Remember how, in the run-up to Game of Thrones Season 6, I accurately predicted what Brienne would be doing by lining up a bunch of questions and putting one answer at their center?
Based on the first two episodes of Season 7, it’s time to do that again.
1. What does Brienne do with herself this year?
Brienne spent the better part of two entire seasons just trying to become Sansa’s protector, and she eventually succeeded. Clearly, the protector relationship plays an important role in the story, but now that the Starks have retaken Winterfell, we’re not quite sure what that role will be. On the one hand, Sansa seems to like having Brienne around. On the other hand, Sansa is as safe as she’s ever been since before her father was executed, and there are plenty of people she could employ to shield her back.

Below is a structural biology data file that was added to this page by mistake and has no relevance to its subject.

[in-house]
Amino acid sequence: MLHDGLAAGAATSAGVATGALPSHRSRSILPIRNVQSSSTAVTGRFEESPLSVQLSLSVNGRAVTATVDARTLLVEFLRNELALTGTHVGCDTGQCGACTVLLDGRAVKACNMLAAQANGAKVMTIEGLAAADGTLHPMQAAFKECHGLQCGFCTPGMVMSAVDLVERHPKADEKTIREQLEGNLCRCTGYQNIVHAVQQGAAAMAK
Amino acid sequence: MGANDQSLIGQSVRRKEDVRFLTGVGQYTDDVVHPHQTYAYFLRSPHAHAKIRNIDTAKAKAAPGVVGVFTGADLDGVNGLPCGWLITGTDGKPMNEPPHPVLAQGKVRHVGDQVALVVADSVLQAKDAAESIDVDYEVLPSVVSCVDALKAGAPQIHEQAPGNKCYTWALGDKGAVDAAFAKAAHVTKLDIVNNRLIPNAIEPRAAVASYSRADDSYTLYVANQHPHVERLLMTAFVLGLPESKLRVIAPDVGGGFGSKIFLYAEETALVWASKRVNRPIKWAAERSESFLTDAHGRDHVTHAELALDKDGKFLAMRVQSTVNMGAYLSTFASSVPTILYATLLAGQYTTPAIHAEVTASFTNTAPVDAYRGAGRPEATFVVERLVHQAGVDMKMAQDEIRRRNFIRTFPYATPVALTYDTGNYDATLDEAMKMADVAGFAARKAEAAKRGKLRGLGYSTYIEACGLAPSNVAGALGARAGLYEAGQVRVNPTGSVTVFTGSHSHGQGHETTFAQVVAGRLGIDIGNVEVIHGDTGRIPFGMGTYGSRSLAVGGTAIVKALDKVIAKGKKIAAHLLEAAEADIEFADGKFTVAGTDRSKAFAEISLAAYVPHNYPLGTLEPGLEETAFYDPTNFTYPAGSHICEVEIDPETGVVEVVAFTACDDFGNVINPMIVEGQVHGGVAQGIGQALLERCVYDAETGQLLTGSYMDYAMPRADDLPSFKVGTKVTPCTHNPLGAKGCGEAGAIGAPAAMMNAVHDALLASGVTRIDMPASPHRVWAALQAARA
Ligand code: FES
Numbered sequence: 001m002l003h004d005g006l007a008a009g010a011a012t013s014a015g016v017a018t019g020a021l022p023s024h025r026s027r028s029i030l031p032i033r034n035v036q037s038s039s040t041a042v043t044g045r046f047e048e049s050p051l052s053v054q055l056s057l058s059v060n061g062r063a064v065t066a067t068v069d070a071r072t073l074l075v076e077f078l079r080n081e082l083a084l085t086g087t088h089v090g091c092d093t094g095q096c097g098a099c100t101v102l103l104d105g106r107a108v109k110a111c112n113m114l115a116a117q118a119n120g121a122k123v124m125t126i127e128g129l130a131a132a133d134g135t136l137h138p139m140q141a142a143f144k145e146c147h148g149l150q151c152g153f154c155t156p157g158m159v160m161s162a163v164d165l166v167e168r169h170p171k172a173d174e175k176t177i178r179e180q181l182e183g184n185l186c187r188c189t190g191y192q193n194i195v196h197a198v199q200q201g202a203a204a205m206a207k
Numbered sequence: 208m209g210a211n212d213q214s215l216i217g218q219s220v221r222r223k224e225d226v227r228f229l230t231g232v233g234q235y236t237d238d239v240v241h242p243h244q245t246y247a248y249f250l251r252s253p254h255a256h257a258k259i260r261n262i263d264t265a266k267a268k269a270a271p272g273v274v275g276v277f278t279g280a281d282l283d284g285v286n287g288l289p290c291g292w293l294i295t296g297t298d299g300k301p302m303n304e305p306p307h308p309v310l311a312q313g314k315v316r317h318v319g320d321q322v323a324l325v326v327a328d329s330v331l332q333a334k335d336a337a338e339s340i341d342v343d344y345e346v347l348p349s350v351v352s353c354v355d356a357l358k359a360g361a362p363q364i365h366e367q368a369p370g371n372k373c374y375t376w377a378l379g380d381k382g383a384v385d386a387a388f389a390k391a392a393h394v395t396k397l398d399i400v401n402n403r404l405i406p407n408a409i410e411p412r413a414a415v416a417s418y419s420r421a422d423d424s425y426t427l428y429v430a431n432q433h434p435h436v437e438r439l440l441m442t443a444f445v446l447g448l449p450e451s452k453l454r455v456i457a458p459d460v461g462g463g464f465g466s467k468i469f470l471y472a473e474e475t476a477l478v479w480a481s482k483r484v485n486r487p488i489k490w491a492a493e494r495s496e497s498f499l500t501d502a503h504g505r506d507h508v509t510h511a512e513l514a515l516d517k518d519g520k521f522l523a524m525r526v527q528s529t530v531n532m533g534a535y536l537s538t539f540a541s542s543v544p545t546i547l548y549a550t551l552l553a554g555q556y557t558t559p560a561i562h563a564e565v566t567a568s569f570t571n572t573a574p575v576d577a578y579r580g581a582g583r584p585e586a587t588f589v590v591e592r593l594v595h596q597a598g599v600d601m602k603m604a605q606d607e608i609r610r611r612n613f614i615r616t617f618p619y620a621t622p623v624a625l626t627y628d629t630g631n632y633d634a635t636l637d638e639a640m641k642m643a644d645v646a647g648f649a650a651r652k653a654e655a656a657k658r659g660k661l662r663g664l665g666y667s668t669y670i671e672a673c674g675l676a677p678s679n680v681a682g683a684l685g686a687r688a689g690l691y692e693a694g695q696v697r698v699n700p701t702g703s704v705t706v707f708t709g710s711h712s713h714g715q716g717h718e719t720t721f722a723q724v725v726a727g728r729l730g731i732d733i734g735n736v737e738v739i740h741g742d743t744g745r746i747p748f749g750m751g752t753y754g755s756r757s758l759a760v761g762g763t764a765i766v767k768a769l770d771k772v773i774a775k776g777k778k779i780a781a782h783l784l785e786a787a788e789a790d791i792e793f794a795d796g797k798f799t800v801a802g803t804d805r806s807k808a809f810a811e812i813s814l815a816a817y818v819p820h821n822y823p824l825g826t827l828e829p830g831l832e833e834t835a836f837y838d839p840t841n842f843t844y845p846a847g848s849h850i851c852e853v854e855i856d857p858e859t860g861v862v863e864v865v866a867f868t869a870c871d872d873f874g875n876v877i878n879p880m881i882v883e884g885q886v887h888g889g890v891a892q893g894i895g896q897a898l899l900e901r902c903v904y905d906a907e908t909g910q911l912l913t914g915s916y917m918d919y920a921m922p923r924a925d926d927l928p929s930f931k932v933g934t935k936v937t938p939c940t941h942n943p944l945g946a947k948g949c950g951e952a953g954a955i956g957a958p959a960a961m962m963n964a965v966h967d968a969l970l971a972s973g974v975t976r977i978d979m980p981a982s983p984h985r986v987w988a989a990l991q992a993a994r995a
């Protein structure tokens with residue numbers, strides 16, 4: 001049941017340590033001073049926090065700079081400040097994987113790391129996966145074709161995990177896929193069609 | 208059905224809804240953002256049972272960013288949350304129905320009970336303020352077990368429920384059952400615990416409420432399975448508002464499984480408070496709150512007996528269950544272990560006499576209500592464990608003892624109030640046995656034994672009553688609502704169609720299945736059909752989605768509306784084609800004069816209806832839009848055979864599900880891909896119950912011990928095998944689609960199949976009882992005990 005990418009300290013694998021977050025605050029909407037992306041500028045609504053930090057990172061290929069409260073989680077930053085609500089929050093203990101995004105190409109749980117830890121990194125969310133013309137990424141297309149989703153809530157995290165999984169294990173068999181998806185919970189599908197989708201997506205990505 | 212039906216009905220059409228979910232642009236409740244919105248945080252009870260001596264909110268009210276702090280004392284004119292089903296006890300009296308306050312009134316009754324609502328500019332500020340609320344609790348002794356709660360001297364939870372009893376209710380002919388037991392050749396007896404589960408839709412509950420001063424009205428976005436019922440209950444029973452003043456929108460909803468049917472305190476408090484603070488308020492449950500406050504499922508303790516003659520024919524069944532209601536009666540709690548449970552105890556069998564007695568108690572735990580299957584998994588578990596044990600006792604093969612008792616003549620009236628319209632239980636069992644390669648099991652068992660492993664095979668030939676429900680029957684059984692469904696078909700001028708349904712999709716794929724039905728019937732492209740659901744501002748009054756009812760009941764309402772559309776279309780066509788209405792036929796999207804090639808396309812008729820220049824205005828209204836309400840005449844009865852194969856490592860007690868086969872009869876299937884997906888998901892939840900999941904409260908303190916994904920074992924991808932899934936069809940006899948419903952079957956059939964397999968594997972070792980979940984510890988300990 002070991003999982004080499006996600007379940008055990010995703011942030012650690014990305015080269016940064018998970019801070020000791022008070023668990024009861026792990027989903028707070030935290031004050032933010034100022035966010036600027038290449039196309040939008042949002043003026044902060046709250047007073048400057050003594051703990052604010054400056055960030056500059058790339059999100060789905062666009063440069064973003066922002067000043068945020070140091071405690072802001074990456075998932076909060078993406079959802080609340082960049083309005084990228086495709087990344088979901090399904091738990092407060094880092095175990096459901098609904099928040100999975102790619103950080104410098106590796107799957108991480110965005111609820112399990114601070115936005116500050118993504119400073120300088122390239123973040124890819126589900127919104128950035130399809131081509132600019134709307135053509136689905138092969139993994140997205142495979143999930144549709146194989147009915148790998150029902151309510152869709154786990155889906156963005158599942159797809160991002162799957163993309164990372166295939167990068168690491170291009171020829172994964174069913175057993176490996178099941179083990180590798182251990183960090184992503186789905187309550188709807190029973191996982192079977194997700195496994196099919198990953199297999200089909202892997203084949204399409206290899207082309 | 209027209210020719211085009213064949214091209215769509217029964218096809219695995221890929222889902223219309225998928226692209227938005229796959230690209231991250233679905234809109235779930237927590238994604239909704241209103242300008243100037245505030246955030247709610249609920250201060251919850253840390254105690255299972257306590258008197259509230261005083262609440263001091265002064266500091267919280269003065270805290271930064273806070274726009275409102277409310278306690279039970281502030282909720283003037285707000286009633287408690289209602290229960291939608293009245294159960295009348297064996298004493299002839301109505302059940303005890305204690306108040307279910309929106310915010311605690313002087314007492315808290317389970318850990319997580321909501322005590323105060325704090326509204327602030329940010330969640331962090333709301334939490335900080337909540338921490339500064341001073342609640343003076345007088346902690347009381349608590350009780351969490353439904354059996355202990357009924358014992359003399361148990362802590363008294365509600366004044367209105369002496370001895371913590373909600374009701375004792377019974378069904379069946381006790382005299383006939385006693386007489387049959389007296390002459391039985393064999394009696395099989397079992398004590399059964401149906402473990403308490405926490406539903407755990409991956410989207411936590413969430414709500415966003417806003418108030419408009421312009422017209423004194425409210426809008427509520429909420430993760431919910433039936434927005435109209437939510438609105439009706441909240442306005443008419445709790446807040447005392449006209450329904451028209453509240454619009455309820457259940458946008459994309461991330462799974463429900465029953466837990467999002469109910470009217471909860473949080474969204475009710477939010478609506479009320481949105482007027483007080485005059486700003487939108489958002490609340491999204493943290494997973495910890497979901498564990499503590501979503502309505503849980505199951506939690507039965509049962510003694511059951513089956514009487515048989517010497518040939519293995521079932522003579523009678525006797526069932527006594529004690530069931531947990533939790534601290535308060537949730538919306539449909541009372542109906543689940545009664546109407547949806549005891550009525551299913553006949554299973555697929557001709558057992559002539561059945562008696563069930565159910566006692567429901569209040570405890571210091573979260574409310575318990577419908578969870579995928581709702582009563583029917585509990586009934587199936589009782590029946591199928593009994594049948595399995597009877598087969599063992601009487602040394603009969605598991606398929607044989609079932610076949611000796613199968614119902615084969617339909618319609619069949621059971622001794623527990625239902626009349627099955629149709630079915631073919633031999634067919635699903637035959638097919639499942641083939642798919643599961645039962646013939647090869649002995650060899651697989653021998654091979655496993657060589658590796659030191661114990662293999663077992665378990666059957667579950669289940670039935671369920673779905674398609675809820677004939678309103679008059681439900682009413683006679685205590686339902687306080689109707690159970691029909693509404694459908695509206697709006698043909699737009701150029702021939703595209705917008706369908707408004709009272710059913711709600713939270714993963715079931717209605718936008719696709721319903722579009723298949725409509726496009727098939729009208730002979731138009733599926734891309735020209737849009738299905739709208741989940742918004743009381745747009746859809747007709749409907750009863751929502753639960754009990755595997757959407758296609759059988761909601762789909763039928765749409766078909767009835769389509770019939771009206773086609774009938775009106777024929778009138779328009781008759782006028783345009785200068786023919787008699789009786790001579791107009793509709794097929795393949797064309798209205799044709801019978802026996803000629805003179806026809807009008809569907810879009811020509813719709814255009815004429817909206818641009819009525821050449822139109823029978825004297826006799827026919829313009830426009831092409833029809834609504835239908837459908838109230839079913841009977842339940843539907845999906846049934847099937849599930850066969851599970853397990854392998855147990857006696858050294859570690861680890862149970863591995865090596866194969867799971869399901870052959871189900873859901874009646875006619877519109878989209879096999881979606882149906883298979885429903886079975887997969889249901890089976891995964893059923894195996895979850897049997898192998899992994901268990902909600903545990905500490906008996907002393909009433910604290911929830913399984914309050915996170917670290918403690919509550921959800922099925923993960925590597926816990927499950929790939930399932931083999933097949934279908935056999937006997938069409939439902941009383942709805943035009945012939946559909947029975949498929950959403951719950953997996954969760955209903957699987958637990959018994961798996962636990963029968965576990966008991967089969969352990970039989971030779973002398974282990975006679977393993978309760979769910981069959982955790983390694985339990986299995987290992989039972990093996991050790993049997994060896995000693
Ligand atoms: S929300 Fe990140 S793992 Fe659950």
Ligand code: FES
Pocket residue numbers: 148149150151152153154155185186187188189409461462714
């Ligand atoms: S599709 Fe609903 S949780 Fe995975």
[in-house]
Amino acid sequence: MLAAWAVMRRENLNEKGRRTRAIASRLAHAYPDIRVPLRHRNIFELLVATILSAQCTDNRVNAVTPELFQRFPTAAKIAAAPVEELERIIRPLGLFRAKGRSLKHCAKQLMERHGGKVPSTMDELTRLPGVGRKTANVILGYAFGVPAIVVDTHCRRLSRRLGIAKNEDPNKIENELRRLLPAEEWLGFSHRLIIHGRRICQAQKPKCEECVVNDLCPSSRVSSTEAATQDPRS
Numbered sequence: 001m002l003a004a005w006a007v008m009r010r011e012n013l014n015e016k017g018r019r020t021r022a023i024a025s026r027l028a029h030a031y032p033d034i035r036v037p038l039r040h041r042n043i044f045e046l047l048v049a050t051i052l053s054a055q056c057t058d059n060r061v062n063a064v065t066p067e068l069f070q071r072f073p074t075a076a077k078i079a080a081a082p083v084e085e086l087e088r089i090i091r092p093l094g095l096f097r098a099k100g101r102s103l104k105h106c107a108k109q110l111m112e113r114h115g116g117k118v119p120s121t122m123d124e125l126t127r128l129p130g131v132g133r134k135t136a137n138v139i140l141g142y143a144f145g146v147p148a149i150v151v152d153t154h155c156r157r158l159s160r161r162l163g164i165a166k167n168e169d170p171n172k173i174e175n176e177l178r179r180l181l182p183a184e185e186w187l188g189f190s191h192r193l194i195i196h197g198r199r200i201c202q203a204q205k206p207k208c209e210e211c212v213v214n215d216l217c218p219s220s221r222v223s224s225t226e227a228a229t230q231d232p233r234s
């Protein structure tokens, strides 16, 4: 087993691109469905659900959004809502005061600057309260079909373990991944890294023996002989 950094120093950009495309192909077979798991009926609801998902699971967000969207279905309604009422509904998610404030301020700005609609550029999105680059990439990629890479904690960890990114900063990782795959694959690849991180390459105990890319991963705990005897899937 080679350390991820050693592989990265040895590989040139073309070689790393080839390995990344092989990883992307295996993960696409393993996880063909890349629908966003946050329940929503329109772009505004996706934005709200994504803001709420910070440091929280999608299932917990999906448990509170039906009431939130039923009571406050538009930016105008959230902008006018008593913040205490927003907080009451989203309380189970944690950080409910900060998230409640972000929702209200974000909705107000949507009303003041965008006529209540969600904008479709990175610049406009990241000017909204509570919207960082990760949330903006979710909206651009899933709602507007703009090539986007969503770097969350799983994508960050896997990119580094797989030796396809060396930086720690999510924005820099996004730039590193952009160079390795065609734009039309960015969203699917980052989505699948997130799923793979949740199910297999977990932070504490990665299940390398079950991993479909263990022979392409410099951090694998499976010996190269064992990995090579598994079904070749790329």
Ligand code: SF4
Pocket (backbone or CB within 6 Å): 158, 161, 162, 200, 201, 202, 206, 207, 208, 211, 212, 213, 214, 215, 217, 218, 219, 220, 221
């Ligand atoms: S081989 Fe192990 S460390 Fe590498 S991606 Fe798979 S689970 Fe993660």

Furthermore, for as long as Brienne has been on-screen, she has never spent an entire season in the same place. She’s always had something to do that involves going somewhere else. What could her assignment be now? Will she spend all of Season 7 hanging around Winterfell and running interference between Sansa and Littlefinger? I doubt that very much. Now that she has a cushy job in the North, she’s due for another trip south.
Seasons 4 and 5, she spent just trying to connect with Sansa. Season 6, she tried to secure an alliance for the Starks, and that didn’t work out, but she did meet up with Jaime. I think Season 7 is a good time for her to try again at securing allies for the Starks, and this time, succeed. She can reconnect with Jaime at the same time, and not have to say goodbye.